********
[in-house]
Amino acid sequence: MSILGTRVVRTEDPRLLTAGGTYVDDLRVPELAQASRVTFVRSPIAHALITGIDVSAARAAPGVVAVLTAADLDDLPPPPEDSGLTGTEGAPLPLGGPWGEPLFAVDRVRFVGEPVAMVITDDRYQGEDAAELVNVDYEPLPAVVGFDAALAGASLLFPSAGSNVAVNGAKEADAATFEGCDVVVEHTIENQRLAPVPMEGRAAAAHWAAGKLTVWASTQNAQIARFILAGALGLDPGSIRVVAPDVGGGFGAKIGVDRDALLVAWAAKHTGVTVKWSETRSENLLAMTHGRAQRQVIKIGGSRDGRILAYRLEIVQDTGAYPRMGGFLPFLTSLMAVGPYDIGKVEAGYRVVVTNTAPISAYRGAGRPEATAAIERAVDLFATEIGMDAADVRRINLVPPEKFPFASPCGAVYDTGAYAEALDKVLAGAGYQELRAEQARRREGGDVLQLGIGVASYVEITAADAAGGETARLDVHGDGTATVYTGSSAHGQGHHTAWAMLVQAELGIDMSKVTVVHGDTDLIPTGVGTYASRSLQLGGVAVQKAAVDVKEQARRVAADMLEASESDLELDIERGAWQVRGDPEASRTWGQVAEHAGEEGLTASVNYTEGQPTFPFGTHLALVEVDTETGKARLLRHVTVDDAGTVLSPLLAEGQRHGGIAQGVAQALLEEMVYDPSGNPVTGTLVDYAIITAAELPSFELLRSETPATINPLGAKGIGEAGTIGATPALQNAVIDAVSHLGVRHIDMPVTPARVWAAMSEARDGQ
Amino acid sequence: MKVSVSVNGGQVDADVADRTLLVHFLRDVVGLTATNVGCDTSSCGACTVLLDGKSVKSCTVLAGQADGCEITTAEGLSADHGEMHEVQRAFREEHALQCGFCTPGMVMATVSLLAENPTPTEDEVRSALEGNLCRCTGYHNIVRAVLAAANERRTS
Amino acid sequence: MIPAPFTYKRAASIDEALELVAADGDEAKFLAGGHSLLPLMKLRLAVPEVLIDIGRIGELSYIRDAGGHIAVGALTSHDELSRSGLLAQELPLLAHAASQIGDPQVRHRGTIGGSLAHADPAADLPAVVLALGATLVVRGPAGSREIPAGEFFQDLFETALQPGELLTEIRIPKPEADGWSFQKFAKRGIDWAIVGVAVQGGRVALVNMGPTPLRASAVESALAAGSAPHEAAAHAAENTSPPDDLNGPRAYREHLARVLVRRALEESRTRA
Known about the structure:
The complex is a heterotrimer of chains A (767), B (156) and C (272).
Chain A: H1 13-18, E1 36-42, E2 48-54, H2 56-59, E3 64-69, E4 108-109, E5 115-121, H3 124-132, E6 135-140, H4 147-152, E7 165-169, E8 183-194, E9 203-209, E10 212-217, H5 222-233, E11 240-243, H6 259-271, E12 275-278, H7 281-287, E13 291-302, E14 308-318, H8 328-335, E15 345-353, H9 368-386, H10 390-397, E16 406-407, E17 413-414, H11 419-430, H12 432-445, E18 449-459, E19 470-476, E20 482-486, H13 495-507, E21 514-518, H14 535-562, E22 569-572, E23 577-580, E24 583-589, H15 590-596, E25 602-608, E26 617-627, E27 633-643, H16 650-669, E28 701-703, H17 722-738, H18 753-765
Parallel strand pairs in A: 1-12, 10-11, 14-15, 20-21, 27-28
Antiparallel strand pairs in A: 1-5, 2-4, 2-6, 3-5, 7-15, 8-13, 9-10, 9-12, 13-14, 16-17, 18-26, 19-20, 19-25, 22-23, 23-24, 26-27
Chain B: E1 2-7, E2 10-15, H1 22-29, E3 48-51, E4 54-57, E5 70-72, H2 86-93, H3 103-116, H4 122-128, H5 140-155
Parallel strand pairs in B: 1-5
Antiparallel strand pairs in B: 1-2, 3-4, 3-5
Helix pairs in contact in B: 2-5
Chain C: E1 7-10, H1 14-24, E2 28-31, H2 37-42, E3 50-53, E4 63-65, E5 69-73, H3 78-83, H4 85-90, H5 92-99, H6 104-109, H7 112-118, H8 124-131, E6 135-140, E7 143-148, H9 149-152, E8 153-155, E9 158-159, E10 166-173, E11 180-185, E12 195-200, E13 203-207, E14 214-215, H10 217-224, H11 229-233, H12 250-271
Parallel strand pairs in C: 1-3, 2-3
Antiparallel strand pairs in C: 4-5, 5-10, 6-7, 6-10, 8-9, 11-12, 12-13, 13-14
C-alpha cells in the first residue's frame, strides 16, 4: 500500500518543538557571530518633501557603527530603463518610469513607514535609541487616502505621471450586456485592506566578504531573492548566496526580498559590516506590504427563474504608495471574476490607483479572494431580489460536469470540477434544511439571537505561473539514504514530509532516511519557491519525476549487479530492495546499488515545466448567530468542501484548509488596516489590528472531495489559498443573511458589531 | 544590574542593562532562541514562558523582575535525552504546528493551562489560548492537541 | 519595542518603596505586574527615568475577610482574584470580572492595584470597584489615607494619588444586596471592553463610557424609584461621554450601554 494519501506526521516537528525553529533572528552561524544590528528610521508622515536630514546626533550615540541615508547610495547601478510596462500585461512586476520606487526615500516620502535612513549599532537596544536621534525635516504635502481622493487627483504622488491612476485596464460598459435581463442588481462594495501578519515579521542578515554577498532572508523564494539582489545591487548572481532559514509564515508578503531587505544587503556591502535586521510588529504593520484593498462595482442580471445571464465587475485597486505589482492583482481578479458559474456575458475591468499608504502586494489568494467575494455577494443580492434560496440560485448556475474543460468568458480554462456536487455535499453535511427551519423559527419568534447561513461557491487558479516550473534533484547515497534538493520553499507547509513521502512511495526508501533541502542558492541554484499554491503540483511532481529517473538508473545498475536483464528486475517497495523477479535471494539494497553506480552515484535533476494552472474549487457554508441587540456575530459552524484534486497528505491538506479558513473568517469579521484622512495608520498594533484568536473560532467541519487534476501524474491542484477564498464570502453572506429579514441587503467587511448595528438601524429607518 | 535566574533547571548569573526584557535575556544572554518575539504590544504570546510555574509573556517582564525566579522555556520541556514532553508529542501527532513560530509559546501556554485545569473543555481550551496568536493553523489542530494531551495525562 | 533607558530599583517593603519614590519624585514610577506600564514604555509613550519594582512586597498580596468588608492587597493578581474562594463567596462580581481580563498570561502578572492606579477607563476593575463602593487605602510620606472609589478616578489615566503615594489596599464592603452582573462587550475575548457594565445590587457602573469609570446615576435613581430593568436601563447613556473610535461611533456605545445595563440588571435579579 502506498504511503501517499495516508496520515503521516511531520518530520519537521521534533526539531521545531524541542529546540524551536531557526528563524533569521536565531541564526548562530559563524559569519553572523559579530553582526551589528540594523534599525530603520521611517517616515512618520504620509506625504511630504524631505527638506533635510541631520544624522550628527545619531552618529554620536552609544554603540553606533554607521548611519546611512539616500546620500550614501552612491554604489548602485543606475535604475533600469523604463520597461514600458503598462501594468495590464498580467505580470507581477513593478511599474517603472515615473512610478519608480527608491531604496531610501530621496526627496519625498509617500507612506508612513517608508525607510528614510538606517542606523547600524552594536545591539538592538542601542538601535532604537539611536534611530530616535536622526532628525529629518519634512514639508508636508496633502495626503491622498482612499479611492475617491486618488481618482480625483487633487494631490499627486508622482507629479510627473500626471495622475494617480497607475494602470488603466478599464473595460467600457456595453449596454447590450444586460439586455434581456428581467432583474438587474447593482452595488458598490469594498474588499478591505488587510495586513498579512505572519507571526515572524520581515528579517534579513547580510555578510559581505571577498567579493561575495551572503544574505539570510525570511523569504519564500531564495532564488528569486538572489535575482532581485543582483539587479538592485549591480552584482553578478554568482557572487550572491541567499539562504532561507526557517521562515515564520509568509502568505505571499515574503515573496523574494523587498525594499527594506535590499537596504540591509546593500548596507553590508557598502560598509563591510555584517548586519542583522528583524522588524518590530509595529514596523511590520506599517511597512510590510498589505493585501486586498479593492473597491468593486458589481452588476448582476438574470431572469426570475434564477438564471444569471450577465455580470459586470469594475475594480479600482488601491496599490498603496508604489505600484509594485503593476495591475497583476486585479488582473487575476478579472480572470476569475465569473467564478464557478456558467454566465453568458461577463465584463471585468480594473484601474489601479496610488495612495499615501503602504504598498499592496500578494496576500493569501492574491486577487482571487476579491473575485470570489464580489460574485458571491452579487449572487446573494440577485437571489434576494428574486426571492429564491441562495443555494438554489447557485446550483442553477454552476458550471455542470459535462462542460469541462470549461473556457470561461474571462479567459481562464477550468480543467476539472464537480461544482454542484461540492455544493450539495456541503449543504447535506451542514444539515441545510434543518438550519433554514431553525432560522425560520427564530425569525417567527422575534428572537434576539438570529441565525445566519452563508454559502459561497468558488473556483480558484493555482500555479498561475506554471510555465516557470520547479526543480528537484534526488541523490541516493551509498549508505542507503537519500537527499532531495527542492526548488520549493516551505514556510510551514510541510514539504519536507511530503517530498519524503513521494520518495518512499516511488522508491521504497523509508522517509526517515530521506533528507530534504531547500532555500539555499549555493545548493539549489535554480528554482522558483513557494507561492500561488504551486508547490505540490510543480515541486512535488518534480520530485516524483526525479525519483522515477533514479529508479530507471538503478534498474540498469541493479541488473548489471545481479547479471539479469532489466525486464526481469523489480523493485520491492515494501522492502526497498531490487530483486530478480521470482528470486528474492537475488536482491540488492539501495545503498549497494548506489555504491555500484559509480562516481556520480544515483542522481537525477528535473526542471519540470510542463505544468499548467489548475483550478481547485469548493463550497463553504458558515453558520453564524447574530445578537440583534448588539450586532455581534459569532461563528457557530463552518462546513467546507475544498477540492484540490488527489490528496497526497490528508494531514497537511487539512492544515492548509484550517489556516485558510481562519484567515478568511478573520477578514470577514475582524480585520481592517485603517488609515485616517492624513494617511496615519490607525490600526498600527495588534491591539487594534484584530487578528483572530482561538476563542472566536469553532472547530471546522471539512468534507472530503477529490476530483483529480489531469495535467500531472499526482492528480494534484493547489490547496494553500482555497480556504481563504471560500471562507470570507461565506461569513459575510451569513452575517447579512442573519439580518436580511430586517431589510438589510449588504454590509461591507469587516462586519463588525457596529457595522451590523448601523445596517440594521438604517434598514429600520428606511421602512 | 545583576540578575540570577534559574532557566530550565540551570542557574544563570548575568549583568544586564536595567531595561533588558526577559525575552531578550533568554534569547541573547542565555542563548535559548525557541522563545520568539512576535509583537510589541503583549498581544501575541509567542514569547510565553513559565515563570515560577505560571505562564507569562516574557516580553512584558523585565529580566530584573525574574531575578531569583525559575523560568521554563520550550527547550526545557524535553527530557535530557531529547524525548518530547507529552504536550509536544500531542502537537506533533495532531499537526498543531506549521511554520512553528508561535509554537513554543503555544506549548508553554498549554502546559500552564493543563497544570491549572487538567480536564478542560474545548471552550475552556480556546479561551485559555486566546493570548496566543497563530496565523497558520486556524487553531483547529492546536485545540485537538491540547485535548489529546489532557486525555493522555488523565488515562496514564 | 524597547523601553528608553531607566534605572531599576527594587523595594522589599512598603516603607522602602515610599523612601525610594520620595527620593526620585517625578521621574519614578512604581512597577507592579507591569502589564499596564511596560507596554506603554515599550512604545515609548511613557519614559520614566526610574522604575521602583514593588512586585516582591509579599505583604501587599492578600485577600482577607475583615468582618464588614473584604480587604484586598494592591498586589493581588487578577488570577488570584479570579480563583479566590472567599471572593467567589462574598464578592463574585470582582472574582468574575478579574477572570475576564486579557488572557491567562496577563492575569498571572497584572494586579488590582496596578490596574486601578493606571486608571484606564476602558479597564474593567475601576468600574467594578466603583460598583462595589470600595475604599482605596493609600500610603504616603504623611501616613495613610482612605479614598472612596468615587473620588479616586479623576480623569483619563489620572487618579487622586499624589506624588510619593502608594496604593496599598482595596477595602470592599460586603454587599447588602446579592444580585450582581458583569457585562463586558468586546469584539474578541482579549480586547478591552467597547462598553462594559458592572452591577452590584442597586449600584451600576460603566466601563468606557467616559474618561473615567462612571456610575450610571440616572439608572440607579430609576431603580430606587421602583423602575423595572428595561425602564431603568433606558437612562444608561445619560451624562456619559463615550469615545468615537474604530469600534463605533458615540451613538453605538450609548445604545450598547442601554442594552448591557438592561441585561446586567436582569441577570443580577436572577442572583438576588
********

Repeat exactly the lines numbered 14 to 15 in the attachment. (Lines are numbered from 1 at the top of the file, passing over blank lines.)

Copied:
Chain C: E1 7-10, H1 14-24, E2 28-31, H2 37-42, E3 50-53, E4 63-65, E5 69-73, H3 78-83, H4 85-90, H5 92-99, H6 104-109, H7 112-118, H8 124-131, E6 135-140, E7 143-148, H9 149-152, E8 153-155, E9 158-159, E10 166-173, E11 180-185, E12 195-200, E13 203-207, E14 214-215, H10 217-224, H11 229-233, H12 250-271
Parallel strand pairs in C: 1-3, 2-3